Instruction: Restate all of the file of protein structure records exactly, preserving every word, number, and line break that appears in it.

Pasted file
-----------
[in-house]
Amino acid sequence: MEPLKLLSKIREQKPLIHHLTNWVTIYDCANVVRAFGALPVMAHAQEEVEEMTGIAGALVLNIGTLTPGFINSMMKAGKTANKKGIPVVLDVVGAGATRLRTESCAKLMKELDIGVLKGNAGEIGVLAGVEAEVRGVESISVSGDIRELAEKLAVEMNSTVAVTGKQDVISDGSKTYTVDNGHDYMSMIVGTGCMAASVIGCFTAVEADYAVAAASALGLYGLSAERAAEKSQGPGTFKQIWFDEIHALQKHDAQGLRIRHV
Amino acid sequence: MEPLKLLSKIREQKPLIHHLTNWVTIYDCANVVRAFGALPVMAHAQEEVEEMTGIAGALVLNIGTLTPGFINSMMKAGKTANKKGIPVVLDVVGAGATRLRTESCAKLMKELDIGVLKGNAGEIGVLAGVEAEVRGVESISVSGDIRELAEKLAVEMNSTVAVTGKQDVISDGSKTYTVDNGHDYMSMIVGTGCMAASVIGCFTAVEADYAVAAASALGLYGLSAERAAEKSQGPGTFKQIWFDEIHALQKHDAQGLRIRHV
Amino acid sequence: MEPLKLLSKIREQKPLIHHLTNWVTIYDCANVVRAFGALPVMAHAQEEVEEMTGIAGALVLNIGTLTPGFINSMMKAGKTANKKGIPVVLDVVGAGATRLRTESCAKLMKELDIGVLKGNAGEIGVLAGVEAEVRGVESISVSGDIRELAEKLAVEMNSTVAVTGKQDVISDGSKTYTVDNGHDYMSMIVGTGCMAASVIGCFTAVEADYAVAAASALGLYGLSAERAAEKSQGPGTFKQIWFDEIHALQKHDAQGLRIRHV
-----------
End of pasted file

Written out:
[in-house]
Amino acid sequence: MEPLKLLSKIREQKPLIHHLTNWVTIYDCANVVRAFGALPVMAHAQEEVEEMTGIAGALVLNIGTLTPGFINSMMKAGKTANKKGIPVVLDVVGAGATRLRTESCAKLMKELDIGVLKGNAGEIGVLAGVEAEVRGVESISVSGDIRELAEKLAVEMNSTVAVTGKQDVISDGSKTYTVDNGHDYMSMIVGTGCMAASVIGCFTAVEADYAVAAASALGLYGLSAERAAEKSQGPGTFKQIWFDEIHALQKHDAQGLRIRHV
Amino acid sequence: MEPLKLLSKIREQKPLIHHLTNWVTIYDCANVVRAFGALPVMAHAQEEVEEMTGIAGALVLNIGTLTPGFINSMMKAGKTANKKGIPVVLDVVGAGATRLRTESCAKLMKELDIGVLKGNAGEIGVLAGVEAEVRGVESISVSGDIRELAEKLAVEMNSTVAVTGKQDVISDGSKTYTVDNGHDYMSMIVGTGCMAASVIGCFTAVEADYAVAAASALGLYGLSAERAAEKSQGPGTFKQIWFDEIHALQKHDAQGLRIRHV
Amino acid sequence: MEPLKLLSKIREQKPLIHHLTNWVTIYDCANVVRAFGALPVMAHAQEEVEEMTGIAGALVLNIGTLTPGFINSMMKAGKTANKKGIPVVLDVVGAGATRLRTESCAKLMKELDIGVLKGNAGEIGVLAGVEAEVRGVESISVSGDIRELAEKLAVEMNSTVAVTGKQDVISDGSKTYTVDNGHDYMSMIVGTGCMAASVIGCFTAVEADYAVAAASALGLYGLSAERAAEKSQGPGTFKQIWFDEIHALQKHDAQGLRIRHV